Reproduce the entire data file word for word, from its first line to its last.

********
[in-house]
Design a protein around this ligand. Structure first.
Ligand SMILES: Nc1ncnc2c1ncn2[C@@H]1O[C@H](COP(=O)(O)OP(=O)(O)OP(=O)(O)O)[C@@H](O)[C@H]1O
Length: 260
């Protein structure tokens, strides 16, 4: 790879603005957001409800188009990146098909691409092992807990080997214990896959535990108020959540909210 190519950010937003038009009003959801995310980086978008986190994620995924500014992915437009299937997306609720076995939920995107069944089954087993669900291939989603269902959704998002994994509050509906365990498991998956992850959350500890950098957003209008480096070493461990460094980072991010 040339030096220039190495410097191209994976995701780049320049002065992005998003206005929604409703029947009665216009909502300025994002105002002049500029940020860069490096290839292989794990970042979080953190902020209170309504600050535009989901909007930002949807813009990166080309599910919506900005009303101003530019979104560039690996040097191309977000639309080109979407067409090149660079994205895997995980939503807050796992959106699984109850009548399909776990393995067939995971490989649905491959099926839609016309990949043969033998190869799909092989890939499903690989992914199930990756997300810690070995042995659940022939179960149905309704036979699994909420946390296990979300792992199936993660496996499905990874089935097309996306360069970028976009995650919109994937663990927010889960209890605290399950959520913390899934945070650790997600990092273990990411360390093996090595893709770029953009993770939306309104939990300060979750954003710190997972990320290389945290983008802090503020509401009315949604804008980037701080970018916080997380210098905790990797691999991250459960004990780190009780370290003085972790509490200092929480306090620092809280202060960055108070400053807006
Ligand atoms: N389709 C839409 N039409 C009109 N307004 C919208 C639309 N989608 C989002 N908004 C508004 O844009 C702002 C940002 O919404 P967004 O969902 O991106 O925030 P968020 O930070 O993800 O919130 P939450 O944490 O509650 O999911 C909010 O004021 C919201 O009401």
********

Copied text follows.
[in-house]
Design a protein around this ligand. Structure first.
Ligand SMILES: Nc1ncnc2c1ncn2[C@@H]1O[C@H](COP(=O)(O)OP(=O)(O)OP(=O)(O)O)[C@@H](O)[C@H]1O
Length: 260
């Protein structure tokens, strides 16, 4: 790879603005957001409800188009990146098909691409092992807990080997214990896959535990108020959540909210 190519950010937003038009009003959801995310980086978008986190994620995924500014992915437009299937997306609720076995939920995107069944089954087993669900291939989603269902959704998002994994509050509906365990498991998956992850959350500890950098957003209008480096070493461990460094980072991010 040339030096220039190495410097191209994976995701780049320049002065992005998003206005929604409703029947009665216009909502300025994002105002002049500029940020860069490096290839292989794990970042979080953190902020209170309504600050535009989901909007930002949807813009990166080309599910919506900005009303101003530019979104560039690996040097191309977000639309080109979407067409090149660079994205895997995980939503807050796992959106699984109850009548399909776990393995067939995971490989649905491959099926839609016309990949043969033998190869799909092989890939499903690989992914199930990756997300810690070995042995659940022939179960149905309704036979699994909420946390296990979300792992199936993660496996499905990874089935097309996306360069970028976009995650919109994937663990927010889960209890605290399950959520913390899934945070650790997600990092273990990411360390093996090595893709770029953009993770939306309104939990300060979750954003710190997972990320290389945290983008802090503020509401009315949604804008980037701080970018916080997380210098905790990797691999991250459960004990780190009780370290003085972790509490200092929480306090620092809280202060960055108070400053807006
Ligand atoms: N389709 C839409 N039409 C009109 N307004 C919208 C639309 N989608 C989002 N908004 C508004 O844009 C702002 C940002 O919404 P967004 O969902 O991106 O925030 P968020 O930070 O993800 O919130 P939450 O944490 O509650 O999911 C909010 O004021 C919201 O009401």